Deep brain stimulation (DBS) is already being used to treat all kinds of mental disorders, including depression and addiction, and some neurological diseases, such as Parkinson’s. The technology is still in its early stages, since physicians have a great deal of difficulty achieving consistent results. Scientists at the Picower Institute at MIT have now found a major clue that may help improve the efficacy of DBS.
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Published in the journal Nature Communications, the study demonstrates that by analyzing “theta” rhythms on EEG (electroencephalography) readouts, clinicians may be able to tune how a given DBS system affects a patient. Theta rhythms seem to be a tool through which the prefrontal cortex coordinates neurons in other brain regions to tick to its beat.
For some conditions, such as Parkinson’s, tuning a DBS implant is relatively easy since there’s an immediate change in symptoms. For depression and addiction, on the other hand, there’s no obvious change in symptoms. Now it seems that theta rhythms may serve as the indicator against which a DBS system would be adjusted. Moreover, it may be a way to identify which patients will benefit from DBS.
“This is a major step forward for psychiatric brain stimulation,” said Alik Widge, the lead author of the research. “This study shows us a specific mechanism of how DBS improves patients’ brain function, which should let us better identify who can benefit and how to optimize their individual treatment.”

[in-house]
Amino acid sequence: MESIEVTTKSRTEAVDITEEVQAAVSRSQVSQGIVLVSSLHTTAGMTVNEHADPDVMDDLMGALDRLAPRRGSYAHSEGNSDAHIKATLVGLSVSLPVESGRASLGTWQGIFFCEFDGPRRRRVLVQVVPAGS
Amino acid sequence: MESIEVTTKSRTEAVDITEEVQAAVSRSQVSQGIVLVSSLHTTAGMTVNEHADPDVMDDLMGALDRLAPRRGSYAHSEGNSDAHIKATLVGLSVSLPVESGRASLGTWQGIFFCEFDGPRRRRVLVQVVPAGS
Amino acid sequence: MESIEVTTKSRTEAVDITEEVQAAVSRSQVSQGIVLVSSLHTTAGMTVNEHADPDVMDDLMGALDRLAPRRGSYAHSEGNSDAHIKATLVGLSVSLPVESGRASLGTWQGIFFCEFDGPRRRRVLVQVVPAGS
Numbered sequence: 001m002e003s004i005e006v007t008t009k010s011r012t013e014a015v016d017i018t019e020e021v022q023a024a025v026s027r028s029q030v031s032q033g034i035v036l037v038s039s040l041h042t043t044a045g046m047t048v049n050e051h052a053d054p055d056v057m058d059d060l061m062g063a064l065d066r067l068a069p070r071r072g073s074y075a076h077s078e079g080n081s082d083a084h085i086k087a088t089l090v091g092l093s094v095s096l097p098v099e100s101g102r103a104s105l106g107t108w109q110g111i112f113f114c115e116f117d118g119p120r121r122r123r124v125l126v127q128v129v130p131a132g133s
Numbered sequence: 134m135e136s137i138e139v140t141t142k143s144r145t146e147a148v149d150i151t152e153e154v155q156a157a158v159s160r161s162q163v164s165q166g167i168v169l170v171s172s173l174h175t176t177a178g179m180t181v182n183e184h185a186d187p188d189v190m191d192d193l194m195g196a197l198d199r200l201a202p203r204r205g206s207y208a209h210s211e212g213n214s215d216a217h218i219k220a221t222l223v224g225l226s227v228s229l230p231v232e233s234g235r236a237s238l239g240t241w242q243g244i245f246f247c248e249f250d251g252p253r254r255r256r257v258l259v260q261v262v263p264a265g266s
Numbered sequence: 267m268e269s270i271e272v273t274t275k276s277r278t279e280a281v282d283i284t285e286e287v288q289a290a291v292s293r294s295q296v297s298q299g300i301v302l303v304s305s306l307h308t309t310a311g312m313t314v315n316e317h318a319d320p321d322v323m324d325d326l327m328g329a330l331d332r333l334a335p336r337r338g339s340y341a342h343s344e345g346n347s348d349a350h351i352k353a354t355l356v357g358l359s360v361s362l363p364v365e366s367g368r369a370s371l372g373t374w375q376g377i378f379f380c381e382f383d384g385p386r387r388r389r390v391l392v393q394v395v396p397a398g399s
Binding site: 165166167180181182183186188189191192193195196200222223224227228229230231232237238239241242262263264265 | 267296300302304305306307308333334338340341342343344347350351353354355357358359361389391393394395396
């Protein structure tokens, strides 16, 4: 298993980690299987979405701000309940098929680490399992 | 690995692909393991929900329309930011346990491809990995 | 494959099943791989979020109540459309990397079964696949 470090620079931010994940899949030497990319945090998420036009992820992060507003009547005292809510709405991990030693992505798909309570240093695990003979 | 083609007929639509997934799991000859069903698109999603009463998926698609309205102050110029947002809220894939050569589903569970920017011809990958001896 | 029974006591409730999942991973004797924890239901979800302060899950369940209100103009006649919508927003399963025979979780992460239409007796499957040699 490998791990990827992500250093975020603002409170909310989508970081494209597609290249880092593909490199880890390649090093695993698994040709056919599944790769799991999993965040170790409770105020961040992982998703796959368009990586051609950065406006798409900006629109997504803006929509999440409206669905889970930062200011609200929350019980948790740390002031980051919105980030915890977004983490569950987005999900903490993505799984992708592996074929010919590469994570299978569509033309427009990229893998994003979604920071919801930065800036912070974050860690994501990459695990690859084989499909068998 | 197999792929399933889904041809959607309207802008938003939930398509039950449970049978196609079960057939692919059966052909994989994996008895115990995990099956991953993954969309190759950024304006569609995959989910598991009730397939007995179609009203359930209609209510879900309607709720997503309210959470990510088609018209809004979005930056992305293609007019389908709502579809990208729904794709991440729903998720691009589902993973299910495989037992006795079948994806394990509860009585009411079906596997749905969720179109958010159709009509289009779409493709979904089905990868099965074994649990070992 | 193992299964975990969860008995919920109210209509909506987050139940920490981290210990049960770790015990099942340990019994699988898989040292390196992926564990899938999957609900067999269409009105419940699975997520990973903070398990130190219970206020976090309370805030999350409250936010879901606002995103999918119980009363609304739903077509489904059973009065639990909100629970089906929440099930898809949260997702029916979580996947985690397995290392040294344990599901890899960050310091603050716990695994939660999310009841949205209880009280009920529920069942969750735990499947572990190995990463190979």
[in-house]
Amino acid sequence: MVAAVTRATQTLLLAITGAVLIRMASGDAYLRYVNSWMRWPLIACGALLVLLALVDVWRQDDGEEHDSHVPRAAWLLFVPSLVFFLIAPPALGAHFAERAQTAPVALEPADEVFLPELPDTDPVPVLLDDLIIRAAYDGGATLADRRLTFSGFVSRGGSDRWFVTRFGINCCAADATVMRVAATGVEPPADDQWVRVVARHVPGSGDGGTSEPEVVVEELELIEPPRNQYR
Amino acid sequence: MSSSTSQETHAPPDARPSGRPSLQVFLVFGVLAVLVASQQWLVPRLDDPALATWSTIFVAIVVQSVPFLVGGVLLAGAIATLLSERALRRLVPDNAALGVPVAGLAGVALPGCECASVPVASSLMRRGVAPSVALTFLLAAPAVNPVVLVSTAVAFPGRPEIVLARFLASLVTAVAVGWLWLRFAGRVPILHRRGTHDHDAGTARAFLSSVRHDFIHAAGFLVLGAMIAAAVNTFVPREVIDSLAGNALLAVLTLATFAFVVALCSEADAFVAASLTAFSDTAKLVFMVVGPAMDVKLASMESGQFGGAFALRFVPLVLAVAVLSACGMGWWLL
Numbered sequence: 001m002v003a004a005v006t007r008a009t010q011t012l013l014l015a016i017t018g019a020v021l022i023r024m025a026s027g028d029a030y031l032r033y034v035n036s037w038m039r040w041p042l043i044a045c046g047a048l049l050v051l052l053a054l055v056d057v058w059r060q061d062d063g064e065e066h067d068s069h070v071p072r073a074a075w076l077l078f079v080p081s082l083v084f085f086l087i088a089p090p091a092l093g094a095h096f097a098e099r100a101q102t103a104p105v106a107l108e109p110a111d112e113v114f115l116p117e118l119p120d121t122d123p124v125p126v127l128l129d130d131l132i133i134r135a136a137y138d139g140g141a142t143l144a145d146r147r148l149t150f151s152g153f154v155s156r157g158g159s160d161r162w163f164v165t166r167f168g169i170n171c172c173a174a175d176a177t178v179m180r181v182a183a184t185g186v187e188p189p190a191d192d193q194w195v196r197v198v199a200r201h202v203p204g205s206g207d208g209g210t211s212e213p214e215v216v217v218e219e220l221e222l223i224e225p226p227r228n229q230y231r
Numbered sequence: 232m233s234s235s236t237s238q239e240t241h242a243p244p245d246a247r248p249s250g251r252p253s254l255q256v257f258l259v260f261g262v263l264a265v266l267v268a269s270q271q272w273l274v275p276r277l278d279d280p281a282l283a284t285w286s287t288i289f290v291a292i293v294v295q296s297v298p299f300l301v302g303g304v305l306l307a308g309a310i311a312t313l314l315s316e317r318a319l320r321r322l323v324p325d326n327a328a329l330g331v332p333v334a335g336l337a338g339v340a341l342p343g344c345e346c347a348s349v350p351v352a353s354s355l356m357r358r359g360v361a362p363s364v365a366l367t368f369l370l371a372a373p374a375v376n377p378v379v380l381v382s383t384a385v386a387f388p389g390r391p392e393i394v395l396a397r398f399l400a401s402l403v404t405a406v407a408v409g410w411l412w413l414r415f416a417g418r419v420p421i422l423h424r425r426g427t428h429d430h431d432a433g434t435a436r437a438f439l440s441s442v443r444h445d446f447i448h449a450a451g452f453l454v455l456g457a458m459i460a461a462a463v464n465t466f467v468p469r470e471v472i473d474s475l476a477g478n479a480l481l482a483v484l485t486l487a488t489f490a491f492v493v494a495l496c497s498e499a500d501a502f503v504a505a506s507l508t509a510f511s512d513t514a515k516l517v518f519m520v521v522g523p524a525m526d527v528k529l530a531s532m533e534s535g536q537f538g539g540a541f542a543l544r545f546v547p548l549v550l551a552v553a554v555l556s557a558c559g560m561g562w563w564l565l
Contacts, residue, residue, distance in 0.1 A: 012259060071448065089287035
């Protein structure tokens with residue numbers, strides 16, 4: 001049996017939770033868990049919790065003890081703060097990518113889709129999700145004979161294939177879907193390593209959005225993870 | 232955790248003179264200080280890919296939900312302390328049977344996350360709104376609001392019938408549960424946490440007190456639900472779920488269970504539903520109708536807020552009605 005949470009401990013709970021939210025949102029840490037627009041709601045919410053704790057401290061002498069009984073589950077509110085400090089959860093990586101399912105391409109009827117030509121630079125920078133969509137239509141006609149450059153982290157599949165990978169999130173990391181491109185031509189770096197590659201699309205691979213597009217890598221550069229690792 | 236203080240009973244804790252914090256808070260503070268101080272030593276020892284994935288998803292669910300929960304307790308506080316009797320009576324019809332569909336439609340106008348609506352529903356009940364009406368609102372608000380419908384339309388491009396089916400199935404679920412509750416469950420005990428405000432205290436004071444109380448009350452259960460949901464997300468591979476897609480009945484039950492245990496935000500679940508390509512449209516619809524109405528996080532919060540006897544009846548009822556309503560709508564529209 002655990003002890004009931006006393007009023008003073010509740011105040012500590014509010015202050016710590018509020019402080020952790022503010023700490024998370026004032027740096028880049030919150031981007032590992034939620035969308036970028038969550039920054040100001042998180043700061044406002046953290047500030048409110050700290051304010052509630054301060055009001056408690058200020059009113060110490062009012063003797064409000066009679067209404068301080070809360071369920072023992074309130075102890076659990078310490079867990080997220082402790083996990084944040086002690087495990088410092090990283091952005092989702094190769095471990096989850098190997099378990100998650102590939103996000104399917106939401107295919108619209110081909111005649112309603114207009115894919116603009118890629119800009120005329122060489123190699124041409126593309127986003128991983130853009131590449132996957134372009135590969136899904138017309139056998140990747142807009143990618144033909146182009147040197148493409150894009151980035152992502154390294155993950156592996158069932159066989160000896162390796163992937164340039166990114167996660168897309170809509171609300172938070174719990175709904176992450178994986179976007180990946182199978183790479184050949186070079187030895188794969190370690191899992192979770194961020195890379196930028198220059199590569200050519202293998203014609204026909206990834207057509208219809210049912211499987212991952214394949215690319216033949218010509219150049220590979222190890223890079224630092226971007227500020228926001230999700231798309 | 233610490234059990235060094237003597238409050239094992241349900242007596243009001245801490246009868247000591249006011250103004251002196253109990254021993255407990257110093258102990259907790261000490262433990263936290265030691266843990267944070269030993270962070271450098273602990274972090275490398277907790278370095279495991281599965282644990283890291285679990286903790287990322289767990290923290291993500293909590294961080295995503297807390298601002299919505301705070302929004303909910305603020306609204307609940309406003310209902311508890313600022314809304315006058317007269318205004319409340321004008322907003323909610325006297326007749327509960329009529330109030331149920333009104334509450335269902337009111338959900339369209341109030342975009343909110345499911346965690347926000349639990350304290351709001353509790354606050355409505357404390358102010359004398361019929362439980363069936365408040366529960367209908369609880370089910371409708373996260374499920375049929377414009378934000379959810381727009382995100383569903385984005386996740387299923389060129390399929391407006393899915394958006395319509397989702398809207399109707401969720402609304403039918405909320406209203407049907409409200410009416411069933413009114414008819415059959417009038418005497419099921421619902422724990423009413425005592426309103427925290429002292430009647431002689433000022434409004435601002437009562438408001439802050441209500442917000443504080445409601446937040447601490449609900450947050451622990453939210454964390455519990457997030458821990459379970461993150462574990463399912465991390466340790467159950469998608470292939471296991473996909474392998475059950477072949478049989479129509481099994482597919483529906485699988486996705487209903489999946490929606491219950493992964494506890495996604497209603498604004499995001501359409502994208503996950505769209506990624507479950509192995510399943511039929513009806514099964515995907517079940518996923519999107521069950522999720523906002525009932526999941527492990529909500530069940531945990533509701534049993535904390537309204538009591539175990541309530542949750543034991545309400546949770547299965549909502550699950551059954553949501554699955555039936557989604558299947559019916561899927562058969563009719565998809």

Some more details according to the Picower Institute:
The team’s working hypothesis, therefore, was that DBS might help patients by increasing theta rhythms in these crucial cognitive control circuits linking prefrontal cortex to VCVS, thereby allowing the cortex to be more effective in controlling atypical emotions. If they could read out a patient’s theta rhythms and optimally amplify those with DBS, they reasoned, maybe they’d see an increase in cognitive control.
To find out, they worked with 14 volunteers at MGH, 12 of whom had previously received DBS treatment for depression and the other two for OCD. The researchers gave each participant a “conflict” task in which they had to identify the numeral in a sequence of three numbers that was different (like the “2” in “332”) despite the vivid and intentional background distraction of an emotionally evocative image (like adorable puppies or a vicious shark). An increase in cognitive control would mean a quicker reaction time in being able to identify the correct unique digit.
The researchers recorded brain waves of the subjects while they performed the task, once with DBS switched on and once with it off. What they found was that with DBS on, people indeed made their selection faster (overcoming the “interference,” or conflict of the emotional picture). There was no difference in accuracy, meaning that subjects were not sacrificing accuracy to gain more speed. Meanwhile theta rhythms in the cortex increased markedly in association with both the stimulation in VCVS and the behavioral improvement of the faster reaction time.